Reviewed by: Dr Karanpreet Nahar, Senior Research Fellow, CCRH
Name of the author: WA Dewey
Affiliation(s) of author- Professor Emeritus of Materia Medica and Therapeutics, University of Michigan. Author of “Essentials of Homoeopathic Materia Medica”, “Essentials of Homoeopathic Therapeutics”, Associate author of “The Twelve Tissue Remedies of Schuessler”. Member of various Homoeopathic Medical Associations, Local and Foreign, etc.
The book “Practical Homeopathic Therapeutics” arranged and compiled by WA Dewey, seeks intended audience of general practitioners of homeopathy as well as homeopathic students in quest of concise information about a particular topic. This work embraces the best palliative therapeutics in many curable and incurable conditions.
There are 88 names of authors quoted in the authorities quoted index which has been placed as the last section of the book. The ever changing nomenclature of diseases, in a time when this book was authored, made the writer choose a middle path that was to include general diagnosis as chapterization thus averting to follow the ever vacillating trends or fads in naming diseases. To a homeopathic physician, this distinctive approach of author may be helpful owing to its simplicity, whereas the same arrangement might be criticized in non-homeopathic world. The author has successfully achieved his goal to aid the prescriber in simple rubrics such as headache, vomiting, diarrhea etc. There are 15 such chapters mentioned in the index which cannot be placed under any exact disease classification, but which can surely help the homeopathic student to understand and grasp a particular topic useful in day-to-day practice.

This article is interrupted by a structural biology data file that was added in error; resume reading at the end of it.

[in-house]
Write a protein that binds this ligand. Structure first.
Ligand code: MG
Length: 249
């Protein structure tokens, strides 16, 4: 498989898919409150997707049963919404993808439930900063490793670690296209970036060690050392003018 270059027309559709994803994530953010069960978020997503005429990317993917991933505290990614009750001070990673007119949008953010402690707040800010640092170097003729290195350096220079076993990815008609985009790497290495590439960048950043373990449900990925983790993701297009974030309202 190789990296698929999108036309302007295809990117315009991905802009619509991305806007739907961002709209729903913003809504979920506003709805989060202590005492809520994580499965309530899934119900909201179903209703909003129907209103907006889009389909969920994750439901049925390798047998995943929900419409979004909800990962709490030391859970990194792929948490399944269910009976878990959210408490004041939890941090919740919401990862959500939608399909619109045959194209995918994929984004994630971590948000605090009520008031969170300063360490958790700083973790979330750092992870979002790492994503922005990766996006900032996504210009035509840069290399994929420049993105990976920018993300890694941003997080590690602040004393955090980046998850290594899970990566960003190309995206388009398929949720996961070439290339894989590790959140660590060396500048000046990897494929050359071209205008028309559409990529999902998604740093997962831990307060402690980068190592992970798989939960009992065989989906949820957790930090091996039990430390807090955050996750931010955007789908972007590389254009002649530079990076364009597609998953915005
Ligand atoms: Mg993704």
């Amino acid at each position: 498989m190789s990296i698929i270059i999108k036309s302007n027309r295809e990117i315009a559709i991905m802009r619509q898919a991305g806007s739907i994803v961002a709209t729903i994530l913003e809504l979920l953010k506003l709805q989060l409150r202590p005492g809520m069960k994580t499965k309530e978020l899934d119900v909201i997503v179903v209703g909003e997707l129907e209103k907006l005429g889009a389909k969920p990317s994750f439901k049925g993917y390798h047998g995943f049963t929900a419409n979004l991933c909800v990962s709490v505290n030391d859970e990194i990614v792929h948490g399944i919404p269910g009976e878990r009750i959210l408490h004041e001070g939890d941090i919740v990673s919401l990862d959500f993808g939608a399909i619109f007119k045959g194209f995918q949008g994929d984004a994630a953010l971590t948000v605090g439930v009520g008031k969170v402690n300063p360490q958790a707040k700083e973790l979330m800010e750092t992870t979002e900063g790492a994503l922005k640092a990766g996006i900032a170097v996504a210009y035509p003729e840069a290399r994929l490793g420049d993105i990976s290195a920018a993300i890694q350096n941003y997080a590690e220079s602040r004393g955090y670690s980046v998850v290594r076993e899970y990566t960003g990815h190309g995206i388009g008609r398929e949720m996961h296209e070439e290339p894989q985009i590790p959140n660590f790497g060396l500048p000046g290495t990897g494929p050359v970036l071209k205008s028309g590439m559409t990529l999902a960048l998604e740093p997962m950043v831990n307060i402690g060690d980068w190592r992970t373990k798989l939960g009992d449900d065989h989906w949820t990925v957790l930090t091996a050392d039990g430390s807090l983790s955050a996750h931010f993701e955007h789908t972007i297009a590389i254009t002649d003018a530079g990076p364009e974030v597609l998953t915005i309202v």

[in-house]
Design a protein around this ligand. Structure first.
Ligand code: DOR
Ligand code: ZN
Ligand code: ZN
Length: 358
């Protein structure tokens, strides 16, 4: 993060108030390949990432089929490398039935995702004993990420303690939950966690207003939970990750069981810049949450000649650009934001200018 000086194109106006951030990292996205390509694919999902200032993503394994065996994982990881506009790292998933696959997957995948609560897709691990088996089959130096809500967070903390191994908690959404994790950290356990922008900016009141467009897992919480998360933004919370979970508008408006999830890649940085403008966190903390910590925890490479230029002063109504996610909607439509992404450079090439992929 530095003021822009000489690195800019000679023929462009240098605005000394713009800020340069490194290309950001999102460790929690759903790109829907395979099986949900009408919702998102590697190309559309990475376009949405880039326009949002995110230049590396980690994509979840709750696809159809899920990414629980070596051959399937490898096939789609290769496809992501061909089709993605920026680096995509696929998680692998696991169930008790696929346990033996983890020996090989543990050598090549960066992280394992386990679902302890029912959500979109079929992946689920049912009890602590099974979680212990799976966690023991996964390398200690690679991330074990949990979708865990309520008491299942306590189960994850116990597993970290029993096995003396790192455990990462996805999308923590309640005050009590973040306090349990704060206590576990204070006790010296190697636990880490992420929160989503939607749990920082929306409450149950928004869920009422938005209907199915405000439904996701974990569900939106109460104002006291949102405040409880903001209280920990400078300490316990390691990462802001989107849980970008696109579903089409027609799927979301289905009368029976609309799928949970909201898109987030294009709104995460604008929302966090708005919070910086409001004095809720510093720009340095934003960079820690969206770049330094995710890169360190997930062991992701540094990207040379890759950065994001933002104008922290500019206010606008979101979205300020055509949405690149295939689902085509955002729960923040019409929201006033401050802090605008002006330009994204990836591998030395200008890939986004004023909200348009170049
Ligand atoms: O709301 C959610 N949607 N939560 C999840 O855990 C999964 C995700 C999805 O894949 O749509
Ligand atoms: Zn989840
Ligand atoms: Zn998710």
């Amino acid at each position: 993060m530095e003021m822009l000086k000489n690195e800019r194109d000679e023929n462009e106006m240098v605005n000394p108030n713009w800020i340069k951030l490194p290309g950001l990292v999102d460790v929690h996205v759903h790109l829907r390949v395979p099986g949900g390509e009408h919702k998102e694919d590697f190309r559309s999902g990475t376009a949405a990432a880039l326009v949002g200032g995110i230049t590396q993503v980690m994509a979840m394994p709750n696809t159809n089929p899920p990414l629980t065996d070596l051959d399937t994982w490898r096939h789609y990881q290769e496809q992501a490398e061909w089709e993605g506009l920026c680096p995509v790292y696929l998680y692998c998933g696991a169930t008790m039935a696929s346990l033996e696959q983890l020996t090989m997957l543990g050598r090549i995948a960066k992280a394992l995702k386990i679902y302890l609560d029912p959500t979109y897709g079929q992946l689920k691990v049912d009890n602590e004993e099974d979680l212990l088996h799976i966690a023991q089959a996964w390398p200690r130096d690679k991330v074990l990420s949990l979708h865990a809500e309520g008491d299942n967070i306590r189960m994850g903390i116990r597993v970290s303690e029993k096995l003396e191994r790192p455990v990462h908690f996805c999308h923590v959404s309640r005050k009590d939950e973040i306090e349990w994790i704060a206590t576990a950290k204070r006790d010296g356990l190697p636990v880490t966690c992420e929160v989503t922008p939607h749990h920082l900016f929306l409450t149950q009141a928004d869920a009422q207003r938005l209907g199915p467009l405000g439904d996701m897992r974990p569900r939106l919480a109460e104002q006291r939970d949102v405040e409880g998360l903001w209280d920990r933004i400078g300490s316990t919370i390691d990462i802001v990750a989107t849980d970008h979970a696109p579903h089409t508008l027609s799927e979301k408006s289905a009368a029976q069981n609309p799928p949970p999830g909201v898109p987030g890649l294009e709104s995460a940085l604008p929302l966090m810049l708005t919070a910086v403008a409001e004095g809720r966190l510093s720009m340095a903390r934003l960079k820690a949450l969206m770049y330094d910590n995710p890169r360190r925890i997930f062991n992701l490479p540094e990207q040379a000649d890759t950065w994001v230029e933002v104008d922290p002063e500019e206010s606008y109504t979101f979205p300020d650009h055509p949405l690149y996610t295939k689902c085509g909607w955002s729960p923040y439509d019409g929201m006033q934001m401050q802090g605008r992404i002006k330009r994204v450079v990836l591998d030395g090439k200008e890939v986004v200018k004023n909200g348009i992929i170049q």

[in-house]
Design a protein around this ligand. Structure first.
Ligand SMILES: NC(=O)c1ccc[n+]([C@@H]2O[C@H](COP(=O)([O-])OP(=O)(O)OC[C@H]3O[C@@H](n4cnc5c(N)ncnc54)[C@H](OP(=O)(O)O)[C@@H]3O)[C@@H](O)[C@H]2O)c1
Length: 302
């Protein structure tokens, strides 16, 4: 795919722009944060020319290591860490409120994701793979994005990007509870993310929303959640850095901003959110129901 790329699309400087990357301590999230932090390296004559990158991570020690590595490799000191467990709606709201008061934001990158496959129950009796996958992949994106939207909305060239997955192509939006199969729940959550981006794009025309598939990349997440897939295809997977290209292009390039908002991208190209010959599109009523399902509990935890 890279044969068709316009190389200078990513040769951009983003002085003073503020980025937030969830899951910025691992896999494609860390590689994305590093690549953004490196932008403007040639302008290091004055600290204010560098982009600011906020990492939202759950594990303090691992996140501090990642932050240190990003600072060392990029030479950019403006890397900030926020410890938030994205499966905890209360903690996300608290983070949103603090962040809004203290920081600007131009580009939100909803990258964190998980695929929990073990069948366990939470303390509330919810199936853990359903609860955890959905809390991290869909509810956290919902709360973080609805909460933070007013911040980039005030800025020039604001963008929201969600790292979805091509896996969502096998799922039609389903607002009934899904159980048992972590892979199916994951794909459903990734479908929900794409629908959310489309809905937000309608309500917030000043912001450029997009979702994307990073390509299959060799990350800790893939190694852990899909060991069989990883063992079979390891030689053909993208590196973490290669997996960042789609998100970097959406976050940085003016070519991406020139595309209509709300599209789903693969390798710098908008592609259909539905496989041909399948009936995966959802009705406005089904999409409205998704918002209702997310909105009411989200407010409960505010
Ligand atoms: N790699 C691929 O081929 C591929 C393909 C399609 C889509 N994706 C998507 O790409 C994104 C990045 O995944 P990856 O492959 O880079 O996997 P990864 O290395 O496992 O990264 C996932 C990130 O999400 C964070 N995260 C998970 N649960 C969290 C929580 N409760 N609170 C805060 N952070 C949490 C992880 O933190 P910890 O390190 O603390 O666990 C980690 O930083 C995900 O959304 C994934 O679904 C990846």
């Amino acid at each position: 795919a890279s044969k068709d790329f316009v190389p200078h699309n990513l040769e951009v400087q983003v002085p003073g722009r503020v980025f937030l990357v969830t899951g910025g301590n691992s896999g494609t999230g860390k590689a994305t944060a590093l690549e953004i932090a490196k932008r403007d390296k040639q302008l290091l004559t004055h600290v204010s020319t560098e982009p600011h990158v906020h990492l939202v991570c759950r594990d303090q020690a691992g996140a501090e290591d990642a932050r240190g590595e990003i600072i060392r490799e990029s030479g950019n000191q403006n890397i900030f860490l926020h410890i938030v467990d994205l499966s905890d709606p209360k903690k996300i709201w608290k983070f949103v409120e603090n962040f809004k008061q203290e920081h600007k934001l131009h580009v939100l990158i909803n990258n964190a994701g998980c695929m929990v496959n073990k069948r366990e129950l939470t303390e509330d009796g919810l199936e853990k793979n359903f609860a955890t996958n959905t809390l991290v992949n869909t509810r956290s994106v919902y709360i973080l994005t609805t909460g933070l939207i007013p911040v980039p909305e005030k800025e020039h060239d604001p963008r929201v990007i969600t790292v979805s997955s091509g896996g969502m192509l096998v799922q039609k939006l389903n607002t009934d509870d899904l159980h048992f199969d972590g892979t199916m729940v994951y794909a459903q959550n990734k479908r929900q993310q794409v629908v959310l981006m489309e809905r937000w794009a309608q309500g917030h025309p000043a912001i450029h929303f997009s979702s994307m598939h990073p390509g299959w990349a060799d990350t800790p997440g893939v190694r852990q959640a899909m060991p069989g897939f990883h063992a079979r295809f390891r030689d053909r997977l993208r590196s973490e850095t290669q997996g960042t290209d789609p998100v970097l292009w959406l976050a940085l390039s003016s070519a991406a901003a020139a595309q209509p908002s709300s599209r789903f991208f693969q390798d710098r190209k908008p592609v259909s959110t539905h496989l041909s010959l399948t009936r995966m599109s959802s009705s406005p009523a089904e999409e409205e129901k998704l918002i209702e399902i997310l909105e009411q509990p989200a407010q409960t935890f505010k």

A special mention is the chapter of Allergy and Allergens, under which, the author has made an attempt to connect the then newly evolving concept of Allergy with Homeopathy in the light of idiosyncrasy and hypersensitivity. Here he also criticized the modern-day pharmacologists for popularizing the asinine allergy testing; else the “Drugless Drugstore” would cease to exist.
An important drawback of the book is the inclusion of archaic chapters such as Vaccine therapy, smallpox and vitamins and hormones, since they do not hold much significance to the readers in today’s time.
The author hopes that his time and effort would not be considered in vain if it helps lessen the growing tendency to neglect therapeutics for easier and less satisfactory methods of learning Materia Medica.